Here’s a quote from Rosalind S. Helderman’s article.
“Webb, whose early opposition to the war has been a driving force behind his candidacy, said he opposes setting deadlines for redeployment and instead suggested that with his national security experience, he could have persuaded Kerry (D-Mass.) and other Democrats not to pursue the Senate vote. Webb is a former Marine and served as secretary of the Navy under President Ronald Reagan.”
Webb said, in the article:
"I don't think an artificial timeline emanating from the Congress is a workable concept," Honestly, if I were in the Senate, I would have been able to talk to people about perhaps different ways of looking at this."
George Allen’s campaign manager, Dick Wadhams, promptly jumped at the chance to go negative and accuse Webb of “flip flopping” because Webb dared to go public with his disagreement with some Democrats.
Actually, nothing could be further from the truth. Webb is not a flip flopper. His strategy for how to get out of the mess in Iraq has been posted on his website for a while. It involves engaging other Middle Eastern countries who have a stake in stabilizing the region and bringing in participation from our global allies who also are interested in seeing that area of the world stable and free of terrorism. He’d like to see a true coalition committed to a responsible withdrawal that leaves the world safer, not more vulnerable to terrorism.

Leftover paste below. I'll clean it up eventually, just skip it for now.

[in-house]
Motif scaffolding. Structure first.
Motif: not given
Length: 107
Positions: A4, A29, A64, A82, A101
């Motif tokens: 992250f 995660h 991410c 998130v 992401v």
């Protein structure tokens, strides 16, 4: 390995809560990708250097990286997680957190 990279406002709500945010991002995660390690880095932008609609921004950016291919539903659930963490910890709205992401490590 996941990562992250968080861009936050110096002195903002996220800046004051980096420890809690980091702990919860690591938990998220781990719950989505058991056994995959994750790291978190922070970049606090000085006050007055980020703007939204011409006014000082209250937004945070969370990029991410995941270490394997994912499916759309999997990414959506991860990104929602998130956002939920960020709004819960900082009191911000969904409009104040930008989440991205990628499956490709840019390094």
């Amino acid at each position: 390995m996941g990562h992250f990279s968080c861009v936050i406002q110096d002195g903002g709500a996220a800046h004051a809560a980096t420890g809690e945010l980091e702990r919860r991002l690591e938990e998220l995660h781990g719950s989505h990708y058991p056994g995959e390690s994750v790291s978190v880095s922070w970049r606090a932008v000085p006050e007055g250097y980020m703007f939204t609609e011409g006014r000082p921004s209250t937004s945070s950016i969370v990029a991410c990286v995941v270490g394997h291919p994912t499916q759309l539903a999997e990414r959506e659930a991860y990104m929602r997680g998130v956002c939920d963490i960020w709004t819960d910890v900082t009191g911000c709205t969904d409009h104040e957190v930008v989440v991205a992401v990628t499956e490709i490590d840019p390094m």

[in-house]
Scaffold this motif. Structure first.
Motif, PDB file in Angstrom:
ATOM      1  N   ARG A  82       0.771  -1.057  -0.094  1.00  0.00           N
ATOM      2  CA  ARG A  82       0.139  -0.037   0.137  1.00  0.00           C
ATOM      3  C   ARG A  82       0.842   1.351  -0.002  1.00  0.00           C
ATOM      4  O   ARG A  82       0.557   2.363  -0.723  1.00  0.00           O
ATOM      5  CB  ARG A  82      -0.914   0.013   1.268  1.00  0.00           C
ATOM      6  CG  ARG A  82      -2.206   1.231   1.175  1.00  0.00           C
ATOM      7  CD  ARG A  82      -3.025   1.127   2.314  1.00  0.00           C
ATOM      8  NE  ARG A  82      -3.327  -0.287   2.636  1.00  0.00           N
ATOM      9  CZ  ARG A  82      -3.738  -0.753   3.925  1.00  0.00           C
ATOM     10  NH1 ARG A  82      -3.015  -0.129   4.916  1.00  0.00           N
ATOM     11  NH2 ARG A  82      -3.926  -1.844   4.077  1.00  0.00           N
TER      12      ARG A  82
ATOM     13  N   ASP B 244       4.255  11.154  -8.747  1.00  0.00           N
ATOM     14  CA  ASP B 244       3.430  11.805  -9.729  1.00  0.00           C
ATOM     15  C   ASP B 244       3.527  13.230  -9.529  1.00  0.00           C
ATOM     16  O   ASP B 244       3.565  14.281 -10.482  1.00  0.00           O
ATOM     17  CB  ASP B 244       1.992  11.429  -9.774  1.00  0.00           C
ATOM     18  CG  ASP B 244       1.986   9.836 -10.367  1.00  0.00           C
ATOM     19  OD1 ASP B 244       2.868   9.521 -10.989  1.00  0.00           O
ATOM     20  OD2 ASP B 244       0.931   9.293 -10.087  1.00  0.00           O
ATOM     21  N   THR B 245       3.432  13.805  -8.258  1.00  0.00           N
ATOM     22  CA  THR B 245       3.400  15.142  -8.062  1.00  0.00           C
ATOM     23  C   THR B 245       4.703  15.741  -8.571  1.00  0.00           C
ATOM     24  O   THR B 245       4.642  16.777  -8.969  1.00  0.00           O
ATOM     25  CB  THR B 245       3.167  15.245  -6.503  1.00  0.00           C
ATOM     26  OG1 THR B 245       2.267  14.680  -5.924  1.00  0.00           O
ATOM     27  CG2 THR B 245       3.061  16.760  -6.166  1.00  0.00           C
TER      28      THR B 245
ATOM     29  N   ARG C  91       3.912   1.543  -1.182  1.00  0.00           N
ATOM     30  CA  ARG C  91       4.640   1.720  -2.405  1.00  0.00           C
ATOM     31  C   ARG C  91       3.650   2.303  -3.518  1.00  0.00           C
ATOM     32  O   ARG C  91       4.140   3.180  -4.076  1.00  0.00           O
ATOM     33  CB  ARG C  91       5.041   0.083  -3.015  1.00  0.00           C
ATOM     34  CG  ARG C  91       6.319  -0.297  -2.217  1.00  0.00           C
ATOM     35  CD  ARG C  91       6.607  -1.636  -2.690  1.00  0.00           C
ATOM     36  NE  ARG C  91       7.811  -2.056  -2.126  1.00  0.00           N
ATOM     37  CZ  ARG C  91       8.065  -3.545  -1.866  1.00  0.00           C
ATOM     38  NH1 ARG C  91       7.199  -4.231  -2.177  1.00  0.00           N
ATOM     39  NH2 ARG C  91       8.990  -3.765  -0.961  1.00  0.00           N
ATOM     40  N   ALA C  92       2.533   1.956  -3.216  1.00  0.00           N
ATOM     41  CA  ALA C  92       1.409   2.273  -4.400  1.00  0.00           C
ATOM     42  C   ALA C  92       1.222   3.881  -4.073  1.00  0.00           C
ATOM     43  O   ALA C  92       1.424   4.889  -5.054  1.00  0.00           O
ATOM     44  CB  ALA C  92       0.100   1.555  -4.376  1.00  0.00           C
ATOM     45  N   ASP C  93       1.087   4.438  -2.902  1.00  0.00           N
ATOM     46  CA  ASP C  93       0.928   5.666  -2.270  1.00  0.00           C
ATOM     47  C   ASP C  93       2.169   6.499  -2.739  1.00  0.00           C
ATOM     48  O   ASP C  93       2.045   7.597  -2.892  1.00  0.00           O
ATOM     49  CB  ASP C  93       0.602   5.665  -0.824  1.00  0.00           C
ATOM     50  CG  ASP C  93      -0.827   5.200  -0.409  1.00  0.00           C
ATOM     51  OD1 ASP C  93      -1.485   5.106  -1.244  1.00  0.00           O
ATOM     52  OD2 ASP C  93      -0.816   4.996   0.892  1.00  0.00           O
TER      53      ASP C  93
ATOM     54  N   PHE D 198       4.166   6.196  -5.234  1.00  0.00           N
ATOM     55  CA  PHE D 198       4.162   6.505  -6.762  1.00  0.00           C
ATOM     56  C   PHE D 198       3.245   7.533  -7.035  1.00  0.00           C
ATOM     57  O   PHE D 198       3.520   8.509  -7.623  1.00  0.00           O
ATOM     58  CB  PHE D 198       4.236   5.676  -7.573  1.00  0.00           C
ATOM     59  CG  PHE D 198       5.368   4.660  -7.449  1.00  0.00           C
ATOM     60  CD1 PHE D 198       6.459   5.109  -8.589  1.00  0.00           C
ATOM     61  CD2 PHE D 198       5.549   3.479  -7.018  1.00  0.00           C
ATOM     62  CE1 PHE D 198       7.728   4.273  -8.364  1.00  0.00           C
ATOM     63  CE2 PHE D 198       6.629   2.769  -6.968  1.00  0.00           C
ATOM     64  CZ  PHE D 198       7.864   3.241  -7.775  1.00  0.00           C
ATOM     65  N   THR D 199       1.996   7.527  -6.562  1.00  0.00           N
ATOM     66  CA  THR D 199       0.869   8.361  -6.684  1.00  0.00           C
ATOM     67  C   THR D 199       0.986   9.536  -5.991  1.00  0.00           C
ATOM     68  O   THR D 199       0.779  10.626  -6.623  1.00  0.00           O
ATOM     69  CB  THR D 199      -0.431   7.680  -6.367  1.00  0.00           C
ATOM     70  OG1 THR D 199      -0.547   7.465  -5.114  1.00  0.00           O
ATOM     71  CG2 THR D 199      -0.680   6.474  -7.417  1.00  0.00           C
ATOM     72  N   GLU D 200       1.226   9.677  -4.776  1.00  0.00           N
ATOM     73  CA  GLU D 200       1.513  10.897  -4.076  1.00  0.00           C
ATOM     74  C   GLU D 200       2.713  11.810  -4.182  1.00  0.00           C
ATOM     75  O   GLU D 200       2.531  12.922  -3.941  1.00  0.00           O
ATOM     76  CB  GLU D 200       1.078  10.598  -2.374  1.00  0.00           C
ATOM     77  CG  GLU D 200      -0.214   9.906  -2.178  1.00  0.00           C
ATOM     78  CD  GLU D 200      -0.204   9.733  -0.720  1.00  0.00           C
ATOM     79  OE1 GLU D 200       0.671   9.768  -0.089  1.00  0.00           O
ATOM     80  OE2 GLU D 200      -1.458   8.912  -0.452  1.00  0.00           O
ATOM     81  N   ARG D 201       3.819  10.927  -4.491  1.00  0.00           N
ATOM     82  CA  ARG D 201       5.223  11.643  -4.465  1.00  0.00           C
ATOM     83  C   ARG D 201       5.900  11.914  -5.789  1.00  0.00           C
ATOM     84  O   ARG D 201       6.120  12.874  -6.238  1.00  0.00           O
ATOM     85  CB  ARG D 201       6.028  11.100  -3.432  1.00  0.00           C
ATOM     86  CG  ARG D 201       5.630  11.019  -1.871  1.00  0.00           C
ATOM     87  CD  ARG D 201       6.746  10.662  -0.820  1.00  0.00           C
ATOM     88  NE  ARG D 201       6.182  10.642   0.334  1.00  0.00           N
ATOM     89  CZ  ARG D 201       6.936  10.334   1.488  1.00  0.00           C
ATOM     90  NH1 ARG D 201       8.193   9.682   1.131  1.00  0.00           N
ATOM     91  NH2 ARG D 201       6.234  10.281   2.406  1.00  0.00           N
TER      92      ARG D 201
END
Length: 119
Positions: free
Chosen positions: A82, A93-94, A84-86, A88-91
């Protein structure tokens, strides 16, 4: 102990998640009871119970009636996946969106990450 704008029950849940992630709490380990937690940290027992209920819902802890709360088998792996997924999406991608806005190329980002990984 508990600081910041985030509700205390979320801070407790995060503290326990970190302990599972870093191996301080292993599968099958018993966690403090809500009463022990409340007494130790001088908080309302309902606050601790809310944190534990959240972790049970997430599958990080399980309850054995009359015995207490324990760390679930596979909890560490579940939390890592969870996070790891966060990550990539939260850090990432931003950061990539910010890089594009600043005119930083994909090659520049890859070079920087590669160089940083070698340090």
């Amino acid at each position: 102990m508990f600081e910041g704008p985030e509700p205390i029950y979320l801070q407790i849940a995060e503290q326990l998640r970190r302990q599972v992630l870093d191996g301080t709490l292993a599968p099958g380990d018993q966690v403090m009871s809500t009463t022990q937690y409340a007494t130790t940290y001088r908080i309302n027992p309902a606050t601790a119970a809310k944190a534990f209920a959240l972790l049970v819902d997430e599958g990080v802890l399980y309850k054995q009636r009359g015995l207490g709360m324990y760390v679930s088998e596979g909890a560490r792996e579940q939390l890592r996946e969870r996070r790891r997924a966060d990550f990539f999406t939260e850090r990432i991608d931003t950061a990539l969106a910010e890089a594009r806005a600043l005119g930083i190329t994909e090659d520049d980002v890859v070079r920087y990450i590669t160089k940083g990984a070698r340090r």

Although Webb argued even before the invasion that Iraq was the wrong war, once we were there, he never said anything about timelines or cutting and running. As a former secretary of the Navy and Annapolis graduate, he knows that would be an irresponsible solution to the mess this reckless administration got us into.
Wadhams and Allen know Webb’s real position. However, they will try to paint him with the same tired slogan that he is just another flipping flopping Democrat. But the paint on that brush faded long ago. It’s an old, dried up argument that won’t work against Webb. The truth is that publicly airing his disagreement over policy with Kerry was the best thing Webb could have done for himself in Virginia.
He just established himself as an independent thinker who will stand up to even those whose support he needs. He’s not a yes man. I think his campaign staff needs to drive that point home in their campaign message. Unlike George Allen, who voted 97 percent of the time with this unpopular president, Webb will fight for what he knows to be right whether it’s the convenient thing to do or not.
That will play very well in Virginia, where voters are increasingly independent-minded moderates. In fact, staying true to what you know to be right would play well anywhere in the country. It’s what Democrats have been begging their leaders to do for a long time. And it’s what voters will reward in general elections.